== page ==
of OMC. Traditionally, this was under the purview of departments variously titled customer service, order entry, the
inside sales desk, or customer liaison. These Departments are staffed by customer service representatives, usually
either very experienced, long-term employees or totally inexperienced trainees. In either case,these representatives
are in constant contact with customers.

iv. Order Selection and Prioritization: Customer service representatives are also often responsible for choosing
which orders to accept and which to decline. In fact, not all customer orders are created equal;some are simply
better for the business than others.Another completely ignored issue concerns the importance of order selection
and prioritization.Companies that put effort into order selection and link it to their business strategy stand to make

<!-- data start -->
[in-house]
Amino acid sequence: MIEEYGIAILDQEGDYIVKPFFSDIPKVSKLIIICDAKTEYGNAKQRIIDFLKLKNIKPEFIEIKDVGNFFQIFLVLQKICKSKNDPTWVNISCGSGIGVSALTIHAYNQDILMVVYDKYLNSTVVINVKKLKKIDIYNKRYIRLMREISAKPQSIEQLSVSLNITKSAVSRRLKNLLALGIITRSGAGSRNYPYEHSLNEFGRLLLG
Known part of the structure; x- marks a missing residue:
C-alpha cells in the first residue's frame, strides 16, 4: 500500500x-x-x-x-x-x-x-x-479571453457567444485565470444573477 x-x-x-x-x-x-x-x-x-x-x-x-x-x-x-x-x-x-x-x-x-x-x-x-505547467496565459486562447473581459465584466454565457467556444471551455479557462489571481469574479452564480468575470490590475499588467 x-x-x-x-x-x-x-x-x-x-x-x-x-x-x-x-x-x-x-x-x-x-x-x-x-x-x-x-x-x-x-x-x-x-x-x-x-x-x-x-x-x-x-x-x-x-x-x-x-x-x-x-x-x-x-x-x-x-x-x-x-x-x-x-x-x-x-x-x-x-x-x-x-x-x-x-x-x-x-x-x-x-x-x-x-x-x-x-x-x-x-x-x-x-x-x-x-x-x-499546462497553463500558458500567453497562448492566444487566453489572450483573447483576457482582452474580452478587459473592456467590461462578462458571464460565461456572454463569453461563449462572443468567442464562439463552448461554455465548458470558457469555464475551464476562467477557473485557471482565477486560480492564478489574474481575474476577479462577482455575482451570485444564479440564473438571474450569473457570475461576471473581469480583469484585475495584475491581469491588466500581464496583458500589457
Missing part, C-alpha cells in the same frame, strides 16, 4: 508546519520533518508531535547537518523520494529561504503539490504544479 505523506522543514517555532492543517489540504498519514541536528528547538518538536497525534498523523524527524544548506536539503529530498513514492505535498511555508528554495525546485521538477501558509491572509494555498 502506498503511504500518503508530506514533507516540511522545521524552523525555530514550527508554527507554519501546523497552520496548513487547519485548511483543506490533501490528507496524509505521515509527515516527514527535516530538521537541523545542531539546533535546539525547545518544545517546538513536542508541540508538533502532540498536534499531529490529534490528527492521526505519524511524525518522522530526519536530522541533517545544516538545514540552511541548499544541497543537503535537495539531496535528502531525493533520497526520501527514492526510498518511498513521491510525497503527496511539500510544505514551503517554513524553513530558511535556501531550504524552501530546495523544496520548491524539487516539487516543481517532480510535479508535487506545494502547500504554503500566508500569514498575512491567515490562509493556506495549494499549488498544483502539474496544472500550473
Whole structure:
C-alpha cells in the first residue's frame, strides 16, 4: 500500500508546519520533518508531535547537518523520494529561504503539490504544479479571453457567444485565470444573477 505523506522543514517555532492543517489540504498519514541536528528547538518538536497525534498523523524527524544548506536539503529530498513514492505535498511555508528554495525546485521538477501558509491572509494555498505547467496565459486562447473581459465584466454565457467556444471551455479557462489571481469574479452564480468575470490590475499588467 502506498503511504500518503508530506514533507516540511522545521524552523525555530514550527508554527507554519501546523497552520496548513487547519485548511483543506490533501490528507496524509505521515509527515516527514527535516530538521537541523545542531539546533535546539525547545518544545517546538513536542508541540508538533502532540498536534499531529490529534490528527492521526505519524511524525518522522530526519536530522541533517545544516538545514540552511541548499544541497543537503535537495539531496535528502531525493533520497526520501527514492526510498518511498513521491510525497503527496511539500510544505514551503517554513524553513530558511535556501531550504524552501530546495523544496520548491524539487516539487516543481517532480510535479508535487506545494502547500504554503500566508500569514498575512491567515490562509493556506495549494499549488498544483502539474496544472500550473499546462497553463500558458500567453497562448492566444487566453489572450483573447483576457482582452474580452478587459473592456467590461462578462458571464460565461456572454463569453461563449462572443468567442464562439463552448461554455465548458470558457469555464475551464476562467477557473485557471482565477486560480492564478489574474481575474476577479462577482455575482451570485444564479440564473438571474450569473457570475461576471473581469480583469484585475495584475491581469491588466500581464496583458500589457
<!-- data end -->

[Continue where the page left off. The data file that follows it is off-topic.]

more money.

v. Order Scheduling: During the ordering scheduling phase the prioritized orders get slotted into an actual
production or operational sequence. This task is difficult because the different functional departments sales,
marketing, customer service, operations, or production-may have conflicting goals.Communication between the
functions is often nonexistent, with customer service reporting to sales and physically separated from production
scheduling, which reports to manufacturing or operations. The result is lack of interdepartmental coordination.

vi. Order Fulfillment and Delivery: During the order fulfillment and delivery phase the actual provision of the
product or service is made. While the details vary from industry to industry, in almost every company this step has
become increasingly complex. Often, order fulfillment involves multiple functions and locations. The more
complicated the task the more coordination required across the organization.

vii.Order Billing and Account / Payment Management: After the order has been fulfilled and delivered, billing is
typically handled by the finance staffs, who view their job as getting the bill out efficiently and collecting quickly.